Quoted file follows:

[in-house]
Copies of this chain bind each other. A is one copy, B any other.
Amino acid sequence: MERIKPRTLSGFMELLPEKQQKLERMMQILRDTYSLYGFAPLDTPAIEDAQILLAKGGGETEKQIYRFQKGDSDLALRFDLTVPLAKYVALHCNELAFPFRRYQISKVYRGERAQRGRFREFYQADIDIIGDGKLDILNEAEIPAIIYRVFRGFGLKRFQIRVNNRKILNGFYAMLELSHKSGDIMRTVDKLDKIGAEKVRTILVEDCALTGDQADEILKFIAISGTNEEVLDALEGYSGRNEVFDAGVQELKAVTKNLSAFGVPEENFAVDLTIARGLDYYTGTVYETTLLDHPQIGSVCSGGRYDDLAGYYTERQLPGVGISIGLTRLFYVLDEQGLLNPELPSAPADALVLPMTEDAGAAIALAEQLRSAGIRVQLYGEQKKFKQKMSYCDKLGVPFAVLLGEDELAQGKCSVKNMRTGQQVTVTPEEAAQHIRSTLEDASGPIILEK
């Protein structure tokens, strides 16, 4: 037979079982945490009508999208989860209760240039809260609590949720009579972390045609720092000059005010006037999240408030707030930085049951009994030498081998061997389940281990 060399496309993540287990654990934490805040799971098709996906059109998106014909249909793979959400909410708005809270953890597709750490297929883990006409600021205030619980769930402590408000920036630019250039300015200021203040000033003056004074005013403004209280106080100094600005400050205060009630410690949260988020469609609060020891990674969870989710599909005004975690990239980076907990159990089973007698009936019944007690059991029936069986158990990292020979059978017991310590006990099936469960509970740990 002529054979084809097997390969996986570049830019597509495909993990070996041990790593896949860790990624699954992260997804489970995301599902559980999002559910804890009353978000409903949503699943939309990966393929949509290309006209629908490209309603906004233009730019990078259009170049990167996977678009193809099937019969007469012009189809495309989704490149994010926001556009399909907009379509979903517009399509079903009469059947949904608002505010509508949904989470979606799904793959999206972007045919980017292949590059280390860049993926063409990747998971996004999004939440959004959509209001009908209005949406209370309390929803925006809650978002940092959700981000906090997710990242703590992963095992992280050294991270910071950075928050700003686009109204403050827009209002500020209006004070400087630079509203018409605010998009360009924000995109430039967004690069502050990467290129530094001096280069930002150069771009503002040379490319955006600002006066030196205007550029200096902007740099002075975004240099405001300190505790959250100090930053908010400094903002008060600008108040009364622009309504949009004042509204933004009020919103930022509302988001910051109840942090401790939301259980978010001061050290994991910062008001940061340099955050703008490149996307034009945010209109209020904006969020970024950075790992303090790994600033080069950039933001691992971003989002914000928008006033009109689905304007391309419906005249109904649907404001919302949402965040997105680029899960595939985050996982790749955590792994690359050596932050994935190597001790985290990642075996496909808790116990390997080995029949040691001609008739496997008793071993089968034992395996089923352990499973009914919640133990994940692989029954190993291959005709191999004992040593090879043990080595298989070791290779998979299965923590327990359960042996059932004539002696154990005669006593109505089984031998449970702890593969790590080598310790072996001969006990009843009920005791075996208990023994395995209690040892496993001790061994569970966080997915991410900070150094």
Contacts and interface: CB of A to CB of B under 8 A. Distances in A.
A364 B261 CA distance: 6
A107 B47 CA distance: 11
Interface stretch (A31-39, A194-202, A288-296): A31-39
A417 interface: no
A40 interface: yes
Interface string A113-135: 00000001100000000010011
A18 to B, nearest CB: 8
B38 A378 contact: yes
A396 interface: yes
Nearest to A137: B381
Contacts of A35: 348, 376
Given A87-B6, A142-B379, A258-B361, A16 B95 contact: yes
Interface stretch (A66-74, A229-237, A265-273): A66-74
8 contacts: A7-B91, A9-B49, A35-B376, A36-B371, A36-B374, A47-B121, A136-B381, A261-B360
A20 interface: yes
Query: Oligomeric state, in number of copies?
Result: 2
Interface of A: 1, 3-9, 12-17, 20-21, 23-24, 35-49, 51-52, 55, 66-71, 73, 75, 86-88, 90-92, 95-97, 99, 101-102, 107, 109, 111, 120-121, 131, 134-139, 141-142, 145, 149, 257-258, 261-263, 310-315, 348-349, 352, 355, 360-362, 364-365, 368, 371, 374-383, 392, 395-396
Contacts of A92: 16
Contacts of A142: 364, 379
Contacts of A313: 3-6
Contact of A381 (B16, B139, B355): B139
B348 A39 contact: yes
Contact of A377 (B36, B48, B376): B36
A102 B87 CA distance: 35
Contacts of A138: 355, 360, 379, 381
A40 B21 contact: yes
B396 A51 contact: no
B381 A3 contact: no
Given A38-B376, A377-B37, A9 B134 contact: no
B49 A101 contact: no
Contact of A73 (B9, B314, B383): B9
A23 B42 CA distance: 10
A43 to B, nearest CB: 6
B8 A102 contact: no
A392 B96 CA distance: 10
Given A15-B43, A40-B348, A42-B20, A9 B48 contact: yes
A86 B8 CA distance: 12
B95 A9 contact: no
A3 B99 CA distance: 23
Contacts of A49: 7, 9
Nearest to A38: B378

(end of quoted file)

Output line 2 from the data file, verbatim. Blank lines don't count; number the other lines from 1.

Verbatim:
Copies of this chain bind each other. A is one copy, B any other.